Day 24: Jack-In-The-Box - Heidi Ho - CycleBlaze

July 2, 2012

Day 24: Jack-In-The-Box

“Jack-In-The-Box is the BEST!” Said the Swiss man, right before he flipped my burger.

“You’re kidding, right?" I asked, trying my best not to sound astounded.

“No, when we were in America, we loved Jack-In-The-Box and ate there whenever possible.”

This from a man who raises his own, grass fed, natural beef, who butchers it himself and who cooks it for campers at the campground he and his wife run. His wife confirmed the sentiment.

“Oh,” was all I could think to say, as I thought of “Fast Food Nation,” the Eric Schlosser book that, among other things, goes into how the animals are raised and processed for American fast food restaurants, all of which made me want to run screaming into the night in horror. I changed the subject.

“Where did you go in the states?” I asked. And they described their holiday; California, Las Vegas, the Grand Canyon, Zion National Park... What I have learned, in the past two years, is a popular route for many Europeans.

By then my burger was done and I munched on the delicious creation, while listening to details of their trip.

It was a nice end to the day, a day that started out wet and soggy, with so much rain, all at once, for hours on end, that my tent finally couldn’t take anymore and a few drops of water actually made their way inside. The ground cloth was drenched and began to leak onto my sleeping pad.

Lightning flashes and thunder woke me around 6am. You haven’t lived until you’ve heard a huge thunderstorm rolling through the Alps. It was cool, if you want to know the truth, but it didn’t change the fact that, in a little while, I had to pack up my stuff in the driving rain. I had to get out of there...

The Italian side of Switzerland, to the south west, is somewhat sheltered by the range of mountains that separates it from the German speaking areas, creating a desert type effect that makes it drier and warmer than the rest of Switzerland. My goal today was to get to that side, and out of this damn rain.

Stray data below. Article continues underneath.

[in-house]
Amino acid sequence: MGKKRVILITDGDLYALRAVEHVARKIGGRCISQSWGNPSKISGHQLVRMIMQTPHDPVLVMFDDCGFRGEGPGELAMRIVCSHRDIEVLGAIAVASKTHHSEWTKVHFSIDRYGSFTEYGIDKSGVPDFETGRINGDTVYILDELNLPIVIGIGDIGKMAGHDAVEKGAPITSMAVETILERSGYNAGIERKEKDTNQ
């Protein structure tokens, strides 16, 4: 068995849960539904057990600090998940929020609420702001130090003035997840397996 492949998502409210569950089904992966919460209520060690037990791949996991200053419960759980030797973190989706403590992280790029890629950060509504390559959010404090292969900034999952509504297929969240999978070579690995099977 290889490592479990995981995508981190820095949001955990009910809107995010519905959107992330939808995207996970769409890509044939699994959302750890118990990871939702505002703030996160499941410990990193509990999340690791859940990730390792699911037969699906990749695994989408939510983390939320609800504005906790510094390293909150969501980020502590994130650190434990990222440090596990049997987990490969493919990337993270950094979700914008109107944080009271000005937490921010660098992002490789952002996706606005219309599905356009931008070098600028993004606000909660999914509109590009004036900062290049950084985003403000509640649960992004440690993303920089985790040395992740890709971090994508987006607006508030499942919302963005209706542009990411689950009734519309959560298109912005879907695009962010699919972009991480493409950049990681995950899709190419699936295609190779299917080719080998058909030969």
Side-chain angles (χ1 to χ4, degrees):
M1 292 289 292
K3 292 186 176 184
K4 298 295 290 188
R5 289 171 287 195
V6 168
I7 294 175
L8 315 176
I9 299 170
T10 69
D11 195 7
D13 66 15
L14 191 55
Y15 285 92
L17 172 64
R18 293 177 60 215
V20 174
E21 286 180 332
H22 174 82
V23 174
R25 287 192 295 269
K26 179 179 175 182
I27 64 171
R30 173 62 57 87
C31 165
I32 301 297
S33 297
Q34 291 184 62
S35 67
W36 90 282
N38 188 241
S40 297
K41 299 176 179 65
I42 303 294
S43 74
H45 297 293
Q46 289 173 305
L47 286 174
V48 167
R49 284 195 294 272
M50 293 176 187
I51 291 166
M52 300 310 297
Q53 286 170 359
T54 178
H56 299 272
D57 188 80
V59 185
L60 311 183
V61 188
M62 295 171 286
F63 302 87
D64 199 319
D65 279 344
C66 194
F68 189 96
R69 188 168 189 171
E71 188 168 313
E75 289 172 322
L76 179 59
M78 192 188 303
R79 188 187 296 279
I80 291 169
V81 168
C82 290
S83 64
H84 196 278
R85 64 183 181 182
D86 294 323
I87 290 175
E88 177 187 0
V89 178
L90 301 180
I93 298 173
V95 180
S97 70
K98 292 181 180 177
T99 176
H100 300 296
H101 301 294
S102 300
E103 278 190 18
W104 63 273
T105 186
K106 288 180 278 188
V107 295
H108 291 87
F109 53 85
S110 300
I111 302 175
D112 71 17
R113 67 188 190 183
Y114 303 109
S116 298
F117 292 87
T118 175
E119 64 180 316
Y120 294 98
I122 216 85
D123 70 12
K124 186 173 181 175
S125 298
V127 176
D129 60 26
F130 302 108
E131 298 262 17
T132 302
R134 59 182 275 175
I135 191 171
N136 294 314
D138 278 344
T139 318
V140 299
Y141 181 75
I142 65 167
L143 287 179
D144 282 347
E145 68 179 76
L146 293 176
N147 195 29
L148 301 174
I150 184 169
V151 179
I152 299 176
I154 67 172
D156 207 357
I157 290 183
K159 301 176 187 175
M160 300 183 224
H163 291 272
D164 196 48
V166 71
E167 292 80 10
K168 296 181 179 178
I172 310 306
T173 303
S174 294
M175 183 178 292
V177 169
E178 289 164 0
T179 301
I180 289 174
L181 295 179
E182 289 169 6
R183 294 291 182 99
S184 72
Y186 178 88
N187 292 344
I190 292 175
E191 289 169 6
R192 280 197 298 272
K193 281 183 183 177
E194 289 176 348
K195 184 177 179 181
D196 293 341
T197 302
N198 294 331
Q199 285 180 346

There are two possible ways this can be accomplished; over the Susten Pass or the Grimsel Pass and then the Furka Pass. I didn't know much about Grimsel or Furka, but I knew that Susten is a monster. Difficult in the best of times, dangerous in these conditions, at least on a bike. I would take the bus.

I boarded the bus around 9am, and chatted with the driver, an Englishman who had lived and worked in Switzerland for over 15 years.

“It can be expensive,” he said when I asked him why he didn’t become a Swiss citizen. “I satisfy the requirements, but I know a woman who just became a citizen and they wanted 5000 franks. It’s not that important to me.”

Just then the radio cracked to life, and someone said something in German.

“It’s a good thing you took this bus,” he said as we started up the Stusten Pass. They just closed Grimsel and Furka Passes.

It surprised me, but shouldn’t have. It was POURING out, the rivers and streams were overflowing, and waterfalls were shooting out of places in the cliffs that, according to Steve, the Driver, normally don’t have them. Rocks and mud were being strewn onto the road. Road crews were out trying to manage it all.

I was relived I would make it over the pass to, hopefully, better weather.

Except that, when we got up to this side of the pass, a kilometer or two from the top, another call came in. Susten Pass was now closed too. There was nothing to do but ride the bus back down to where I started, 27 kilometers from just below the pass, to Interkirchen, where the climbing starts, then on to the next town, which is bigger than Interkirchen and a better place to wait out the storm.

I spent the day in Meiringen, a town large enough to have an internet café and plenty of coffee shops and bakeries to pass the time in; and a campground, with a man who raises all natural, grass fed beef, but who loves Jack-In-The-Box in America.

This is one way to pass the time on a rainy day.
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Outside the Sherlock Holmes museum in Meiringen
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Today's ride: 21 km (13 miles)
Total: 1,911 km (1,187 miles)

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